The crowd went crazy. Hats littered the ice recognizing Benn's second ever NHL hat trick, and his first at home. But everyone knew the bigger picture. Benn had tied Tavares. He still needed one more point. Tavares had 38 goals to Benn's 35. If they both finished with 86 points, Tavares would win the Art Ross Trophy by a tiebreaker. There was 2:05 to play.

When Benn's empty net goal got past Jones and slid towards the cage, the entire crowd stood up. They didn't sit down for the rest of the night. Through the delay of picking up the hats, and into the resuming of action, everyone stood and cheered. Benn started those final two minutes on the bench. With about 95 seconds remaining, he jumped over the boards for his final shift of the season. Without any prompting, the crowd cheered as he did.

Within seconds the entire arena was chanting, "Jamie! Jamie!" The clock continued to tick down. With about 35 seconds left, again from his own zone, Benn found a streaking Trevor Daley with a backhand, cross-ice pass through the neutral zone. Daley raced into the zone on a two-on-one with Eaves on a rush where Benn would have gotten an assist, however the pass to Eaves didn't connect. Again, the crowd groaned. With 15 seconds left Nashville defenseman Viktor Stalberg grabbed the puck in his defensive circle and was a clearing attempt away from ending any hope of Dallas' first ever scoring title. However, Benn blocked the attempt and Daley scooped up the puck. With 10 seconds left he cut towards the right side of the net, and slipped a pass through the crease to Eakin who was planted just outside the blue paint. In one motion he buried the puck past the right side of netminder Carter Hutton, as Jamie Benn watched from the slot.

With 8.5 seconds left in the season, the goal was scored. Eakin from Daley and Jamie Benn.

Benn raised both arms in a picture of relief and disbelief more than jubilation as pandemonium ensued around him. Those on the ice mobbed him as his teammates and fans literally jumped for joy. The bench went crazy. The crowd went crazy. Jamie's older brother Jordie was shown hollering and furiously slapping his stick in celebration from across the ice. In typical Jamie Benn fashion, he was probably the person who celebrated the least.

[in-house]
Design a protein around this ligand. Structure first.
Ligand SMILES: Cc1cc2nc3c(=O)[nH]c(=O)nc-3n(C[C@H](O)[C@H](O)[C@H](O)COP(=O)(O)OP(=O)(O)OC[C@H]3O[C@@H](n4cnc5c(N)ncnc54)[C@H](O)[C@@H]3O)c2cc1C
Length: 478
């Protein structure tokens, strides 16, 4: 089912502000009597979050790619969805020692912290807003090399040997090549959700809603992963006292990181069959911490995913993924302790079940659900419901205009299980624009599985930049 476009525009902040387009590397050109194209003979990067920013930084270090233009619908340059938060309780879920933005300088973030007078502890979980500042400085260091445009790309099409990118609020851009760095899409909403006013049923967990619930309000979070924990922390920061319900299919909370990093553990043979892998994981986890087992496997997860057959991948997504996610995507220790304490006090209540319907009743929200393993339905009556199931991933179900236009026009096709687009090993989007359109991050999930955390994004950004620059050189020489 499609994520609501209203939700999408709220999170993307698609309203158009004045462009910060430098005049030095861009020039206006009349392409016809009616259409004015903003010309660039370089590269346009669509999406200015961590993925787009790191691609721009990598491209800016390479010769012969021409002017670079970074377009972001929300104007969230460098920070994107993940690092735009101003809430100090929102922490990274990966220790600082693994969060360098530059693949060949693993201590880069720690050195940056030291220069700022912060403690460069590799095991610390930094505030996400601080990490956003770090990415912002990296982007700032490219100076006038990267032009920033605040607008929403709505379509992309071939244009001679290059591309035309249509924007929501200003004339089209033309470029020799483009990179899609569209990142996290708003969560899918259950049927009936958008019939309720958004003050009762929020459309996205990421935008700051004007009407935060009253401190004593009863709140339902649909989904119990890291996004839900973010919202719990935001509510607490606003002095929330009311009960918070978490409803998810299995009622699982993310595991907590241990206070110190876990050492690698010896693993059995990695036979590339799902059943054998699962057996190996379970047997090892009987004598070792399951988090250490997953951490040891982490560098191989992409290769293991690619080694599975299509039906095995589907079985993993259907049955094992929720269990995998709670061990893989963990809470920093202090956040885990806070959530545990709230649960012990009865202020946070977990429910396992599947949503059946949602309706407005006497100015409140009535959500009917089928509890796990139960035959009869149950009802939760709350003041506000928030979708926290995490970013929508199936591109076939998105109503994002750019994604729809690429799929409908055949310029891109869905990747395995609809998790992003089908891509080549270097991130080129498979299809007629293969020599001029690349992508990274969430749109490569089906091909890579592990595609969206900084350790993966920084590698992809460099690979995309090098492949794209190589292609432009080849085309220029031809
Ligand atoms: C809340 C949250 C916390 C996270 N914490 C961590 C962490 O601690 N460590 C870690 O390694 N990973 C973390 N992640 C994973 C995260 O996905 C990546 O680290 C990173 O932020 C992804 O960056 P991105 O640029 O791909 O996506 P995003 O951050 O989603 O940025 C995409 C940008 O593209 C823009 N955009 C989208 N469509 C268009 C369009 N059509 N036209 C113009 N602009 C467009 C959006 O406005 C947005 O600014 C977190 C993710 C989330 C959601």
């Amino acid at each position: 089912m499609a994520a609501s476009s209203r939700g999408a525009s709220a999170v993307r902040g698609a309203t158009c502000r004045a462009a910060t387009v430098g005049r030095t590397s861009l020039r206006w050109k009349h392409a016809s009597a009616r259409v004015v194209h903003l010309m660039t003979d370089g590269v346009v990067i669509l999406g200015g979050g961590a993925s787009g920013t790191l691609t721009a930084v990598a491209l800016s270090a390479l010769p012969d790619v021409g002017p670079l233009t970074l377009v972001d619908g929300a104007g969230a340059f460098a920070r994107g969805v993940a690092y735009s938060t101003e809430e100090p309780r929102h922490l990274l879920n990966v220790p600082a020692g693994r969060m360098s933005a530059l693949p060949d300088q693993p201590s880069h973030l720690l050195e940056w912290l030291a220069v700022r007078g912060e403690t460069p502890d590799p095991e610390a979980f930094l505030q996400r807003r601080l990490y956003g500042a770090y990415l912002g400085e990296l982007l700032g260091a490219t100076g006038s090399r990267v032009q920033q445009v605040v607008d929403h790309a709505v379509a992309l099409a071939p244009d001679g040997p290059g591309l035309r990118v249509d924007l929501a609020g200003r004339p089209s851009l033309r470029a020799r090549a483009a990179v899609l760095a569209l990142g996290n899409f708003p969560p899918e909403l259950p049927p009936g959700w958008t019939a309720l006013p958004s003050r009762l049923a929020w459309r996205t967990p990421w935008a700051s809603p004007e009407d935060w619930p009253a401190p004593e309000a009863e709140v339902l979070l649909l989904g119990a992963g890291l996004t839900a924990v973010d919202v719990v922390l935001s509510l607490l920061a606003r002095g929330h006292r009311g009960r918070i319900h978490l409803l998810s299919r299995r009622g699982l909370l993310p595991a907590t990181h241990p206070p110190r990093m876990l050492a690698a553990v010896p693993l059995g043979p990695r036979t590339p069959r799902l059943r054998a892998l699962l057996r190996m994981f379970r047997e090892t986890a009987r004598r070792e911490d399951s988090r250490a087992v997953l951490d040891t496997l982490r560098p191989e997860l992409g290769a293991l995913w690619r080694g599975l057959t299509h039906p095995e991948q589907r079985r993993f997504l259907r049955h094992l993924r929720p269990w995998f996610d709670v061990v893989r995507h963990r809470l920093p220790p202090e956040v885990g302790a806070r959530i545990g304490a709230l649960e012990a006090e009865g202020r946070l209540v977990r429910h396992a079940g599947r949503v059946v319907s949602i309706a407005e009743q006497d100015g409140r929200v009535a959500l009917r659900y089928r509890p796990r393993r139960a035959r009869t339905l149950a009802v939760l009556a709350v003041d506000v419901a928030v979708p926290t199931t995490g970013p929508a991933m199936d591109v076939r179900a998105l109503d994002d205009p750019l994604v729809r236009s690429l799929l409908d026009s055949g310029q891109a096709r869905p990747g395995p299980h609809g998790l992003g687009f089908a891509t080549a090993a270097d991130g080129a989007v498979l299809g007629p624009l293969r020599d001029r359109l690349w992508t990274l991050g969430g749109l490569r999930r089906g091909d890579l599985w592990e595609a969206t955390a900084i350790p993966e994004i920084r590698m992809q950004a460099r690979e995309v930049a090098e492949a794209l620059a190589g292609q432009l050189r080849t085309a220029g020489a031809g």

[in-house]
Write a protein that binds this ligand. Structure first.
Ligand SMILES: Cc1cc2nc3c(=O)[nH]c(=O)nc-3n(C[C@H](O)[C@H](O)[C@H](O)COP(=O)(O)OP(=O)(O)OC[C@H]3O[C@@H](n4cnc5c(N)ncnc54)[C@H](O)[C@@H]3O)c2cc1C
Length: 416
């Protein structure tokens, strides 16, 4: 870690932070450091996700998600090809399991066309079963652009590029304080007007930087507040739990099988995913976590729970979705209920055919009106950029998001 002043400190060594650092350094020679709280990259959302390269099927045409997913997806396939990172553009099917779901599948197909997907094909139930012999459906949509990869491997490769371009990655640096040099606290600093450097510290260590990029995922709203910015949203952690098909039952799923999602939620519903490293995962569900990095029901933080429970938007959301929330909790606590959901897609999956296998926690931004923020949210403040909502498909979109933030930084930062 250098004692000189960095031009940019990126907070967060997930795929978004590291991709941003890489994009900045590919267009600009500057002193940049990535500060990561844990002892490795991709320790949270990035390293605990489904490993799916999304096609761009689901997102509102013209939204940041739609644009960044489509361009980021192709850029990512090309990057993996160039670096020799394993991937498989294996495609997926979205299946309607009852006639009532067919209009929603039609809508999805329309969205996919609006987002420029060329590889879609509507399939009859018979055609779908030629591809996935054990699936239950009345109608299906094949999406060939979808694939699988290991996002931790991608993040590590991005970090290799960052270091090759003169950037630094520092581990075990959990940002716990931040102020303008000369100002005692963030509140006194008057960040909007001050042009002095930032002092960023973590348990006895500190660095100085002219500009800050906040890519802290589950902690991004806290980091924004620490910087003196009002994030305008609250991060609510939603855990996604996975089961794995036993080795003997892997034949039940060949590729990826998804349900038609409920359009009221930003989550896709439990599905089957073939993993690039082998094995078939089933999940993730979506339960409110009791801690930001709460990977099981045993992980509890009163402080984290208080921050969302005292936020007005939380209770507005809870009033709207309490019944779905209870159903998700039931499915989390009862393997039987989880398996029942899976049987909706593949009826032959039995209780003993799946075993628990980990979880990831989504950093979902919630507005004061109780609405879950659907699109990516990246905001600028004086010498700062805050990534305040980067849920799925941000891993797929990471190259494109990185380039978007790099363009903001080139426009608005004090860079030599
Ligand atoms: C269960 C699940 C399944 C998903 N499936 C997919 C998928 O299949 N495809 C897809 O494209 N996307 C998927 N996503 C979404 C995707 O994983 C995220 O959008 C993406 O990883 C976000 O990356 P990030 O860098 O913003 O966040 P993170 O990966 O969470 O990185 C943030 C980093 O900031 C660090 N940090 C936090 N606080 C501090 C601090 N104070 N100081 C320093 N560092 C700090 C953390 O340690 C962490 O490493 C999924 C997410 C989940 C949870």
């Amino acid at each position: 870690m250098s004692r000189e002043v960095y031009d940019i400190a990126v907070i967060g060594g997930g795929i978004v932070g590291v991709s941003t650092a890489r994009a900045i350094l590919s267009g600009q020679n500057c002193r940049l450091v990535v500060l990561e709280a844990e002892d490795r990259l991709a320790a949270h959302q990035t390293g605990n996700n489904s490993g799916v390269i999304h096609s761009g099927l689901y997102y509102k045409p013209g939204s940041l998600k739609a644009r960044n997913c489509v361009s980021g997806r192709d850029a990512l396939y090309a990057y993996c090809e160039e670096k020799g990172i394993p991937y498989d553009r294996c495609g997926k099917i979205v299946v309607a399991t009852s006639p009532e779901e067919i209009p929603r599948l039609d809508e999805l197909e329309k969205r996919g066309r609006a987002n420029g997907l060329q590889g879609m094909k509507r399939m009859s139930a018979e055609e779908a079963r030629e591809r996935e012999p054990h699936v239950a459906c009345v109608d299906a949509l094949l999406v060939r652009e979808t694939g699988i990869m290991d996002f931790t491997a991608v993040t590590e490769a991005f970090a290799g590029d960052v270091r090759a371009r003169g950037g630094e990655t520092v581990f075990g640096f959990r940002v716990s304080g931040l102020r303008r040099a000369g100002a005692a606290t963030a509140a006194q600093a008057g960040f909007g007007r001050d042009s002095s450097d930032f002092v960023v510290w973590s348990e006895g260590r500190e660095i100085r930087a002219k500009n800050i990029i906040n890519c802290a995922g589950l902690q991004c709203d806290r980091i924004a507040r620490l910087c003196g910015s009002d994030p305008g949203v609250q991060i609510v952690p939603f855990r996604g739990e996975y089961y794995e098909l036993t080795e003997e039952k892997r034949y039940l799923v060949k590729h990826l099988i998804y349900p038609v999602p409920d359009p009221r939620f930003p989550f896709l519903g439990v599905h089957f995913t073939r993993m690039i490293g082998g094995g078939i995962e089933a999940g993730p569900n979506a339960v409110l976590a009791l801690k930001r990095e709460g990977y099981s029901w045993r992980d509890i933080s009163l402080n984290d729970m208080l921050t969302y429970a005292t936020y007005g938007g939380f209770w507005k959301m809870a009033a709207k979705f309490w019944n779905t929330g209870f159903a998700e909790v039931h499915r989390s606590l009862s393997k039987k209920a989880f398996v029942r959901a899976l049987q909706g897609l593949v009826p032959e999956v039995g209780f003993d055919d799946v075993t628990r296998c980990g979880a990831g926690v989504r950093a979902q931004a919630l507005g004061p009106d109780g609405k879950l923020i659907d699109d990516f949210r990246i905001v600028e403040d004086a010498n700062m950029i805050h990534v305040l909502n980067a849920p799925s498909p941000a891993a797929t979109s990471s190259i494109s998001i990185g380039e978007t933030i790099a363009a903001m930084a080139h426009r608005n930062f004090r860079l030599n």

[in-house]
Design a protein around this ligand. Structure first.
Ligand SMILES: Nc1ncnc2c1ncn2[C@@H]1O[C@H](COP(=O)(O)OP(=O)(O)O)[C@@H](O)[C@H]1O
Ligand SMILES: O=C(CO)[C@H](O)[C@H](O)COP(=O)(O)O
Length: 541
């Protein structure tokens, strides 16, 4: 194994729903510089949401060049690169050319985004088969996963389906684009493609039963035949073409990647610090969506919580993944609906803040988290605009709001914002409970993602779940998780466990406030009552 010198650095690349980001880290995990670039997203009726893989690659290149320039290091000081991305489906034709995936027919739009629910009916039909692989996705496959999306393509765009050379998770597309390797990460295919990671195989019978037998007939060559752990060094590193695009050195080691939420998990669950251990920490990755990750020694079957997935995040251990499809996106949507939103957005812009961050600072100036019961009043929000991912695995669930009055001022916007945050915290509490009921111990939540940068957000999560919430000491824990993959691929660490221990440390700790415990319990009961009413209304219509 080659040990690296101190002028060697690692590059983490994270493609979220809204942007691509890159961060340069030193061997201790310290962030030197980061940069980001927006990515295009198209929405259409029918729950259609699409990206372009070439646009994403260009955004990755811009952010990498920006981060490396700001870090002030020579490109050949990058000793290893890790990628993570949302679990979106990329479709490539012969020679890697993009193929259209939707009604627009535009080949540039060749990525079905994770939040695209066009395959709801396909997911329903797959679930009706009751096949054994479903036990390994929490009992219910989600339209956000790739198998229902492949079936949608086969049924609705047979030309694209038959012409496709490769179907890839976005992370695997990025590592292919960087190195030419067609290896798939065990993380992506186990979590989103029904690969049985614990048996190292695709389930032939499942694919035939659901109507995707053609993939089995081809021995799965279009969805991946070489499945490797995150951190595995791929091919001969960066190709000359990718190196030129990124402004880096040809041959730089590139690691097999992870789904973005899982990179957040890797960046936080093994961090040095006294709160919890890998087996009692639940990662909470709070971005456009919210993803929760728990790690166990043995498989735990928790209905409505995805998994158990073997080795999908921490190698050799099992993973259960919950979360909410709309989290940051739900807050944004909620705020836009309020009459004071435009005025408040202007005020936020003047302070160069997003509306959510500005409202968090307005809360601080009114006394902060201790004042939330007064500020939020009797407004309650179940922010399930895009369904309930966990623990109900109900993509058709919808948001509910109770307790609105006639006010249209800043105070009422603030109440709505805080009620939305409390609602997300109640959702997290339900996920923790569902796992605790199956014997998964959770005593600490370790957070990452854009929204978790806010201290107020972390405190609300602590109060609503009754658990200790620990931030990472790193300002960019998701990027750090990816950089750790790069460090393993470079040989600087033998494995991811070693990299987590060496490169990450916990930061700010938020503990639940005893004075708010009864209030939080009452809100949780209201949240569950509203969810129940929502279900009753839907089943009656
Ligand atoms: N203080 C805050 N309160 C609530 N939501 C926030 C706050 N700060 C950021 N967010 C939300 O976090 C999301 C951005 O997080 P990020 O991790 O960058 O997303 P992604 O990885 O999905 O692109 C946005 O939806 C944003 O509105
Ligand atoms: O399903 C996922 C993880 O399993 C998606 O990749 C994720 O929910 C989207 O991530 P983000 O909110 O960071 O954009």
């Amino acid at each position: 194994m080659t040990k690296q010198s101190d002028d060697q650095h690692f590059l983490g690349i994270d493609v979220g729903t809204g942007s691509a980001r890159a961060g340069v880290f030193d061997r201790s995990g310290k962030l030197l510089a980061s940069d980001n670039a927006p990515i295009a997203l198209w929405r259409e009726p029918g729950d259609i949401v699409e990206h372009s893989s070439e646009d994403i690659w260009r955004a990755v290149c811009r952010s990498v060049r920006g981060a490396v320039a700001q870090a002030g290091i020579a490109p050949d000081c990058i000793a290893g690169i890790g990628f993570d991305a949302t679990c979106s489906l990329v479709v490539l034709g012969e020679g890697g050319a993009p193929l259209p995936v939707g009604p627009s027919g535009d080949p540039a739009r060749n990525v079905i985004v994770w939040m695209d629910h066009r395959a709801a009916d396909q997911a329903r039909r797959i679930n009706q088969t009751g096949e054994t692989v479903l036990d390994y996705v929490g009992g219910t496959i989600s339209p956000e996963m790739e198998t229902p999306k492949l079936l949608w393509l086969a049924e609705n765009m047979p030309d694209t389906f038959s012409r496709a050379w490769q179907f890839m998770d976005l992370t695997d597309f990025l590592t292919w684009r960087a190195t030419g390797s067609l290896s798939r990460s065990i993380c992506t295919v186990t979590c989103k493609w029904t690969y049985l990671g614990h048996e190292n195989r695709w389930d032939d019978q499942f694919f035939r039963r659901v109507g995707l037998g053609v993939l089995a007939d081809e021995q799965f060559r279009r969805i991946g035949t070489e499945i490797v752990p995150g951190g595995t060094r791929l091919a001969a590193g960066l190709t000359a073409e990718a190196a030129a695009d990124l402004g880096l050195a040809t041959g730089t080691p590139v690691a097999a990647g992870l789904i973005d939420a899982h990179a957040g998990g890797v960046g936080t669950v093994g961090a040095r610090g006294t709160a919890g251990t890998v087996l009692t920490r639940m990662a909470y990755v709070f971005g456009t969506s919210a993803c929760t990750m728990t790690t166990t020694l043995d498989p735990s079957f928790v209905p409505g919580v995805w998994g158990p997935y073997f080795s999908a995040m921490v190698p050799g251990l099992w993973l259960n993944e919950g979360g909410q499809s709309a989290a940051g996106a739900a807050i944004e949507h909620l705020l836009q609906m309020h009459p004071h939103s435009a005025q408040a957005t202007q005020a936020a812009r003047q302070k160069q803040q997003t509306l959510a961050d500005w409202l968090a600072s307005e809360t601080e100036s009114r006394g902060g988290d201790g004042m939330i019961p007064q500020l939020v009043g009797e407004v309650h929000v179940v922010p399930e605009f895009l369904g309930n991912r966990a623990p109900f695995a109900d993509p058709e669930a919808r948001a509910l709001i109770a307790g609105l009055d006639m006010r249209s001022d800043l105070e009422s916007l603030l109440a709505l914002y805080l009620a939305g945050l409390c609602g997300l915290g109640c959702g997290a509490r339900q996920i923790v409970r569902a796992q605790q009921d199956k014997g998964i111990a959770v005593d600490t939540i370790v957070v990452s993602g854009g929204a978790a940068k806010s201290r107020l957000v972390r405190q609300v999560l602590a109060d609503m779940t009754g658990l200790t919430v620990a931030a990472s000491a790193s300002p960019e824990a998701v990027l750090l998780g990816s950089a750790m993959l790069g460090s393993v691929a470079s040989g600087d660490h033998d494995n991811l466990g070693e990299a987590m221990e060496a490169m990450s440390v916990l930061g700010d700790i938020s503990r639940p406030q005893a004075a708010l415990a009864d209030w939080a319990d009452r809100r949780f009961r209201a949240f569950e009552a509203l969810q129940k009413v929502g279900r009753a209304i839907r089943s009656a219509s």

The crowd knew they had witnessed history well before the official announcement was made. It was the greatest secondary assist in Dallas Stars history, and quite possibly the most dramatic conclusion to a scoring race the NHL will ever see. Watching a replay of the goal days later, you still get chills.

To see that reaction and to experience that moment was something both special and needed for the Stars and their fans. Especially at home, after so many painful finishes this year.

This wasn't a great season for the Stars. But it wasn't a terrible one either. Despite what the trek may have felt like along the way. The fact is that this year was part of a growth process that we all expected and hoped would come sooner than we now know it will.

Despite the disappointing end result, there is still reason to be optimistic about the future of the Stars. Dallas closed the season with a 14-5 record. They went 31-18-5 (.620) over the last four months of the season. Benn and Seguin both finished in the top-10 in NHL points and goals. No other NHL teammates did that.

A rough start to the season masked a lot of the excitement that still exists with the Stars. But Saturday night was an opportunity to revel in an accomplishment never before reached by a Stars player.

No, it wasn't the trophy the Stars set out for at the start of this season. But it truly was one of the greatest moments in franchise history. And it happened in heart-stopping style. Most importantly though, in a season where frustration often overshadowed celebration, the last game off the year served as a reminder of just how bright the Stars future remains and the highs that await.

After wading through a tough year, that's a pretty nice final memory to savor as we head into the offseason.

With the way things finished up, next season can't get here soon enough.


Josh Bogorad is the Pre-Game, Post-Game, and Intermission host for Stars television broadcasts. He can be seen 30 minutes before face-off on ‘Stars Live’ and immediately after games all season long on Fox Sports Southwest. Follow him on Twitter at @JoshBogorad.